# Relationship between two surface integral equations

1. May 24, 2012

### rrroach

1. The problem statement, all variables and given/known data

Calculate the surface integral ∫∫S x2z2 dS, where S is the part of the cone z2=x2+y2 between the planes z=1 and z=3

2. Relevant equations

There are two relative equations for calculating surface integrals by transforming them into double integrals, but my question is about the two forms of the magnitude: |ru x rv| (where r is the vector equation and u, v are parameters) and √((dg/dx)2+(dg/dy)2+1) (where x,y represent cartesian coordinates and are the parameters for g(x,y), which defines the z-coordinate).

3. The attempt at a solution

I thought that the two equations were really just two different ways of expressing the same value, but due to this problem, I'm not so sure anymore.

I parameterized the equation of the cone as x=r cos θ, y=r sin θ, z=r, which I believe is the correct parameterization. In using the first form of the equation, for the part that involves the magnitude of the cross product of the partial derivatives of the vector equation (which is formed by the parameterization), I yield r√2. By using the second form of the equation, I yield only √2.

I've double-checked the cross product and the parameterization at least 10 times, but I still do not understand why the two forms of the same equation are giving me two different answers. Is my parameterization wrong or am I falsely thinking that the equations are really the same? Any help is appreciated!

2. May 24, 2012

### sharks

Hi rroach

You should draw the graph of the projection of the surface S onto the xy-plane. It'll be two concentric circles, center origin with radius 1 and radius 3. Just substitute the values of z into the equation of the cone to get the equations of the points of intersection between the two z planes and the cone.
Find the surface area. Remember that you are concerned only with the section above the z axis, so z must be positive, meaning, $z=+\sqrt{x^2+y^2}$
$$\iint_S\,.dS=\iint_R \sqrt{(z_x)^2+(z_y)^2+1} \,.dxdy$$
Then use polar coordinates and parametrize accordingly.
$$\sqrt 2\int^{2\pi}_0 \int^3_1 r^2\cos^2 \theta(r^2)\,.rdrd\theta$$

Last edited: May 24, 2012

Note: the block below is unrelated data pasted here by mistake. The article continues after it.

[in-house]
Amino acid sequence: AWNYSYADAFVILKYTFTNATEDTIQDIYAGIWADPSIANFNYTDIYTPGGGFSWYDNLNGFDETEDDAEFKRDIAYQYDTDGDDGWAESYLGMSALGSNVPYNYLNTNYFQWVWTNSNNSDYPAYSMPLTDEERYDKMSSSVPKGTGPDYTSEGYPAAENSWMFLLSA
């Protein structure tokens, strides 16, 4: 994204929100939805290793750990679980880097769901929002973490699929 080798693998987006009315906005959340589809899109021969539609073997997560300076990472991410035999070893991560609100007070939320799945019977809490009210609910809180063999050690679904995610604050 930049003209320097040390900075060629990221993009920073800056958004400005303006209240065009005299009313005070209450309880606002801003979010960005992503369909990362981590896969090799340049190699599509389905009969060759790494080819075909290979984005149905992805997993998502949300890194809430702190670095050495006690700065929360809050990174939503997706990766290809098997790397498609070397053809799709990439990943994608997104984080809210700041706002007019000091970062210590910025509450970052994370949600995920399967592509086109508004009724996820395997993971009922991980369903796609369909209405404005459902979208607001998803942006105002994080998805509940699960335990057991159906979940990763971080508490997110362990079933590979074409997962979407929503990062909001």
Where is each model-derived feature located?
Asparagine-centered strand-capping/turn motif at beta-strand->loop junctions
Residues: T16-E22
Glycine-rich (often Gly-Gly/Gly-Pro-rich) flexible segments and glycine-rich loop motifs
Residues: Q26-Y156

3. May 24, 2012

### HallsofIvy

Staff Emeritus
If z= g(x,y) then $\vec{r}(x,y)= x\vec{i}+ y\vec{j}+ g(x,y)\vec{k}$
So $\vec{r}_x= \vec{i}+ g_x\vec{k}$ and $\vec{r}_y= \vec{j}+ g_y\vec{k}$. There cross product is $\vec{r}_y\times \vec{r}_x= g_x\vec{i}+ g_y\vec{j}- \vec{k}$ and the norm of that is, in fact, $\sqrt{\vec{r}_x^2+ \vec{r}_y^2+ 1}$.

Okay, with that parameterization, $\vec{r}(\theta, r)= rcos(\theta)\vec{i}+ r sin(\theta)\vec{j}+ r\vec{k}$ so that $\vec{v}_\theta= -r sin(\theta)\vec{i}+ r cos(\theta)\vec{j}$ and $\vec{v}_r= cos(\theta)\vec{i}+ sin(\theta)\vec{j}+ \vec{k}$. Their cross product is $rcos(\theta)\vec{i}+ rsin(\theta)\vec{j}- r\vec{k}$ and the norm of that is $\sqrt{r^2cos^2(\theta)+ r^2sin^2(\theta)+ r^2}= r\sqrt{2}$ as you say. The area integral would be
$$\int_{r= 1}^3\int_{\theta= 0}^{2\pi} r\sqrt{2} d\theta dr$$

Using $z^2= x^2+ y^2$, we have $2z z_x= 2x$ so that $z_x= x/z$ and $2z z_y= 2y$ so that $z_y= y/z$.

$\sqrt{z_x^2+ z_y^2+ 1}= \sqrt{x^2/z^2+ y^2/z^2+ 1}= \sqrt{\frac{x^2+ y^2+ z^2}{z^2}}= \frac{R}{z}$ where R is now the straight line distance from the origin to (x, y, z). Since the cone makes a 45 degree angle, $R= \sqrt{2}r$ with r measured in the xy-plane. And, of course, $z= \sqrt{x^2+ y^2}= r$ so that is, in fact, $\sqrt{2}$ alone.

However, you are not taking into account the "differential of area" in the xy-plane. In polar coordinates, that is $rdrd\theta$ so that the area is given by
$$\int_{r= 1}^3\int_{\theta= 0}^{2\pi} \sqrt{2}(r d\theta dr)$$
exactly as before.

You were checking the wrong integral.

Last edited: May 24, 2012
4. May 24, 2012

### sharks

But isn't this integrand missing the parametrization of $x^2z^2$ from the original integral?

5. May 24, 2012

### Vargo

The formula dS = |r_u X r_v|dudv is the master formula that implies all other formulas. Your second formula is just what happens when the rectangular coordinates x,y are used as the parameters.

The difference between your two calculations is just the difference between polar coordinates and rectangular coordinates. rdrdtheta = dxdy remember?

Either calculation is correct as long as you have the appropriate limits of integration for the coordinates that you chose. Polar coordinates are the better choice for simplicity though.

6. May 24, 2012

### rrroach

Thank you so much! I see now that by using the cross product version of the magnitude, the extra r would translate to the r in r*drdθ were I to use the cartesian root version of the magnitude. Adding in an additional r in r dr d for the cross product version is unnecessary, and so, we are ultimately left with 2^.5 r dr dθ for either version of the magnitude once we add them into the entire surface integral.

Correct. However, the part of the problem I was having problems with was the magnitude part of the integral. Substituting and integrating the surface integral is the easy part; setting it up is the hard part.